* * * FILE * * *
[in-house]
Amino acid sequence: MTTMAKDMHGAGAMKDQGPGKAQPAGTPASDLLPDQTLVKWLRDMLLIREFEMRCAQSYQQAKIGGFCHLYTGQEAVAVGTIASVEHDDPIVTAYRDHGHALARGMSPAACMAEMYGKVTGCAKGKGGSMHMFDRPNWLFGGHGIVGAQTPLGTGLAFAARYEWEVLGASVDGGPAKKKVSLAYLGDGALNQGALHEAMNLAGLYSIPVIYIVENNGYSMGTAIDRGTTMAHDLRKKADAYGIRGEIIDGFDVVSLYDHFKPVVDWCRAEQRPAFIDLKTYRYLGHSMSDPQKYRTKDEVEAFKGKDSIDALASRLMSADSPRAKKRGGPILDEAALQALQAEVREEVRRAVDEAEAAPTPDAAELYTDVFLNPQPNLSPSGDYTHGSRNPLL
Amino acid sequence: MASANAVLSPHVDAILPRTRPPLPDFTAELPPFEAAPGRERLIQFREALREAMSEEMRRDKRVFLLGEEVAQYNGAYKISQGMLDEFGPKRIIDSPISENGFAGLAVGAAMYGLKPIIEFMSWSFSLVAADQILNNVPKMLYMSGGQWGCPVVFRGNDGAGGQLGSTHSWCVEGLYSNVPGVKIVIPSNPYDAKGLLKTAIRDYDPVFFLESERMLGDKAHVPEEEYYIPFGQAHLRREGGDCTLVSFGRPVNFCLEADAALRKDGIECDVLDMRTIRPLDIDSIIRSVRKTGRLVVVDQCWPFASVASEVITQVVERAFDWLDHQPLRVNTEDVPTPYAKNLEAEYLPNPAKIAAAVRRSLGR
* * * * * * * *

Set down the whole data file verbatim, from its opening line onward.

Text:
[in-house]
Amino acid sequence: MTTMAKDMHGAGAMKDQGPGKAQPAGTPASDLLPDQTLVKWLRDMLLIREFEMRCAQSYQQAKIGGFCHLYTGQEAVAVGTIASVEHDDPIVTAYRDHGHALARGMSPAACMAEMYGKVTGCAKGKGGSMHMFDRPNWLFGGHGIVGAQTPLGTGLAFAARYEWEVLGASVDGGPAKKKVSLAYLGDGALNQGALHEAMNLAGLYSIPVIYIVENNGYSMGTAIDRGTTMAHDLRKKADAYGIRGEIIDGFDVVSLYDHFKPVVDWCRAEQRPAFIDLKTYRYLGHSMSDPQKYRTKDEVEAFKGKDSIDALASRLMSADSPRAKKRGGPILDEAALQALQAEVREEVRRAVDEAEAAPTPDAAELYTDVFLNPQPNLSPSGDYTHGSRNPLL
Amino acid sequence: MASANAVLSPHVDAILPRTRPPLPDFTAELPPFEAAPGRERLIQFREALREAMSEEMRRDKRVFLLGEEVAQYNGAYKISQGMLDEFGPKRIIDSPISENGFAGLAVGAAMYGLKPIIEFMSWSFSLVAADQILNNVPKMLYMSGGQWGCPVVFRGNDGAGGQLGSTHSWCVEGLYSNVPGVKIVIPSNPYDAKGLLKTAIRDYDPVFFLESERMLGDKAHVPEEEYYIPFGQAHLRREGGDCTLVSFGRPVNFCLEADAALRKDGIECDVLDMRTIRPLDIDSIIRSVRKTGRLVVVDQCWPFASVASEVITQVVERAFDWLDHQPLRVNTEDVPTPYAKNLEAEYLPNPAKIAAAVRRSLGR